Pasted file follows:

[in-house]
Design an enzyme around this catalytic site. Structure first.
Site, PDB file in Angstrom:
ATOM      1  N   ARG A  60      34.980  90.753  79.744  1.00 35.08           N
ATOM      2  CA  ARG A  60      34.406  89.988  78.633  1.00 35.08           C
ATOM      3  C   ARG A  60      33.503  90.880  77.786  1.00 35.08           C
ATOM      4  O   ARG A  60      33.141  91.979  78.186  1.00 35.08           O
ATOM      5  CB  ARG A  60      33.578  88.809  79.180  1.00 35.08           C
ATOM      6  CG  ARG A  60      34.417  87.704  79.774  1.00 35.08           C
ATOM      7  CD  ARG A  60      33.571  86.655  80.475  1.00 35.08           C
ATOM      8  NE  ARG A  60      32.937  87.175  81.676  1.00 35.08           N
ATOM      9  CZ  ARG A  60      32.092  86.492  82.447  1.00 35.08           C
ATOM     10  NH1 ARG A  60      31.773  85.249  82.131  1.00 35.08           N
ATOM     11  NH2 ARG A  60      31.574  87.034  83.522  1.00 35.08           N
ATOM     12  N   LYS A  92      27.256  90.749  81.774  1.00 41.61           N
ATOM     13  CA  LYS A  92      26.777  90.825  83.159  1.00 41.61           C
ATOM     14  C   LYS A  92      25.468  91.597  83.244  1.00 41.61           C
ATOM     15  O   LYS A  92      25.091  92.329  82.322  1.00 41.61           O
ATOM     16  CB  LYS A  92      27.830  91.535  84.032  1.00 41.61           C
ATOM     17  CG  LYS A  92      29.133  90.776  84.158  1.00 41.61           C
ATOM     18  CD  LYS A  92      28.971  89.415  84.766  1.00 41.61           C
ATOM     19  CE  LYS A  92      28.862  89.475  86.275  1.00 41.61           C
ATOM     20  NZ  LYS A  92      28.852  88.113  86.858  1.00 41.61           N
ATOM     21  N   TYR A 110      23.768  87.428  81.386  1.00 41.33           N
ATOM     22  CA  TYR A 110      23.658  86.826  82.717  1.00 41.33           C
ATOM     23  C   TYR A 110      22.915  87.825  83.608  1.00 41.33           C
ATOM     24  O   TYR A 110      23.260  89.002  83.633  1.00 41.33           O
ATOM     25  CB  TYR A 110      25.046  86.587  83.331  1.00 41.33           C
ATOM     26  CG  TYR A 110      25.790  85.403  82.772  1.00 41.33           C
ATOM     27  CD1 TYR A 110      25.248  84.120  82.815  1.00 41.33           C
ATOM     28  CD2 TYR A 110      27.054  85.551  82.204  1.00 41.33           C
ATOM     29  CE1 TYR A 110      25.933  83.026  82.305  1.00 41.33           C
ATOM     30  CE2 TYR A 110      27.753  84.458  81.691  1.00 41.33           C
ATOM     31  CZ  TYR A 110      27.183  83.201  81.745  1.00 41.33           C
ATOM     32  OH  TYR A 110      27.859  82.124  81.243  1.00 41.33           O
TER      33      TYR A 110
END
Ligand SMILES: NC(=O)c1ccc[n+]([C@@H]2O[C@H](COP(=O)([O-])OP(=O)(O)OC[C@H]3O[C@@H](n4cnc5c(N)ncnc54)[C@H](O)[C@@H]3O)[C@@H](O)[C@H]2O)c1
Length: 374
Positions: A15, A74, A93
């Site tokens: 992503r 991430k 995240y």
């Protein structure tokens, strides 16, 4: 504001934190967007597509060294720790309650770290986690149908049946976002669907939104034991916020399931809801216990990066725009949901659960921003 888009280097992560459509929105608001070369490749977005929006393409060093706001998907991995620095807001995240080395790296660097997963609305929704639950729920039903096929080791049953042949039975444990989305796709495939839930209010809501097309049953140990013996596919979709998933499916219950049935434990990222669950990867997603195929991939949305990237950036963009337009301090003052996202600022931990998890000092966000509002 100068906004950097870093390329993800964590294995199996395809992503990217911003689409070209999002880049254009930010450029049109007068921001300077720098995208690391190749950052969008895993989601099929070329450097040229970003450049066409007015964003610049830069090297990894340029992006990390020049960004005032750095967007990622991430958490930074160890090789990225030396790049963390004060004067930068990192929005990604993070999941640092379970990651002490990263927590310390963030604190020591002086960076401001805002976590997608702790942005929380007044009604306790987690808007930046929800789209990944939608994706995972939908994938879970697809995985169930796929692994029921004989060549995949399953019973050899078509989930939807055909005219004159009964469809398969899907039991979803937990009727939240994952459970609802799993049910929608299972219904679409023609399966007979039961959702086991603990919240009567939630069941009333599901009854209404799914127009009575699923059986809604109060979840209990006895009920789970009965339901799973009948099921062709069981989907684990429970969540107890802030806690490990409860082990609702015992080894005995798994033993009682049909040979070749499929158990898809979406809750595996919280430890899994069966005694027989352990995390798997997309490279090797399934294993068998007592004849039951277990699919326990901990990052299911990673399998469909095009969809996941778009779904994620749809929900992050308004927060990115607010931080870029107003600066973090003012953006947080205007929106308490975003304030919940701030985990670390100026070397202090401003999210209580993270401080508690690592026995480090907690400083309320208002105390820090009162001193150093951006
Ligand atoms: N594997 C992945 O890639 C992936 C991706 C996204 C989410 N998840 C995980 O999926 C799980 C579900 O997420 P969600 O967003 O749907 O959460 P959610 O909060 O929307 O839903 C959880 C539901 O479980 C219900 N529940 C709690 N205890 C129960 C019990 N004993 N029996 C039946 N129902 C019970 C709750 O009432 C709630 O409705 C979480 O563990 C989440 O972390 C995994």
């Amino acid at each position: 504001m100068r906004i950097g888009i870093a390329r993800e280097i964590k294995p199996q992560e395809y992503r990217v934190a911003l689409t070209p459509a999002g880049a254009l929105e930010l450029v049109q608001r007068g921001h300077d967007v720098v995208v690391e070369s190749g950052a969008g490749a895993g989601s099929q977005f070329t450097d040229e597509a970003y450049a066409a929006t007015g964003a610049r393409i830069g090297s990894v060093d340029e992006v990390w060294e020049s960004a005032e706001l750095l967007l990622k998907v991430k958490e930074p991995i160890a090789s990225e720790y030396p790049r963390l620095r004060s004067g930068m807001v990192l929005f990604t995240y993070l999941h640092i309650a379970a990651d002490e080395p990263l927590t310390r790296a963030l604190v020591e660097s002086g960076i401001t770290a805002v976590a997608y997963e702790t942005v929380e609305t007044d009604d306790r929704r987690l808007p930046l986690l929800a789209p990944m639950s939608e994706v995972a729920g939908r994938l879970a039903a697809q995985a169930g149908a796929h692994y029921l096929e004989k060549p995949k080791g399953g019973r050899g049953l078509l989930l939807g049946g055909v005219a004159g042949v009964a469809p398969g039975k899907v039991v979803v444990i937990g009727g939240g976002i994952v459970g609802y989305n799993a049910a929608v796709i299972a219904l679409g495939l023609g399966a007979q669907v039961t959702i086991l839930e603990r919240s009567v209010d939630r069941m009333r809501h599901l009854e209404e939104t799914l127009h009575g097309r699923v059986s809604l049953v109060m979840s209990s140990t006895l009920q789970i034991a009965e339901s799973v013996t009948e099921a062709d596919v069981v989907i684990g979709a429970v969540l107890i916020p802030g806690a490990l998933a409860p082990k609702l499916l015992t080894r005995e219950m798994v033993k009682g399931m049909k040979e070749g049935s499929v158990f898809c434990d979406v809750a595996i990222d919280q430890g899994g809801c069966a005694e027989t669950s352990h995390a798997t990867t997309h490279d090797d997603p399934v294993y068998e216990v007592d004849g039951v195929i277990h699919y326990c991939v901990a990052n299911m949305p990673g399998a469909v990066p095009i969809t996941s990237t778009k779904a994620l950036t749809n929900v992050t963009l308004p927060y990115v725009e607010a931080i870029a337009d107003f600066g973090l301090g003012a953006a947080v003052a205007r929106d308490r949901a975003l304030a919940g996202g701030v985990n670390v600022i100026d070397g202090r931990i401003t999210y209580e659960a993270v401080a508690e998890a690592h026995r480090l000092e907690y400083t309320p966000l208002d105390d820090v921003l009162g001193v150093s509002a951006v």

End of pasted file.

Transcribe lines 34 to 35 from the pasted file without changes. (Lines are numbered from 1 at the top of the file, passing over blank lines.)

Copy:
ATOM     31  CZ  TYR A 110      27.183  83.201  81.745  1.00 41.33           C
ATOM     32  OH  TYR A 110      27.859  82.124  81.243  1.00 41.33           O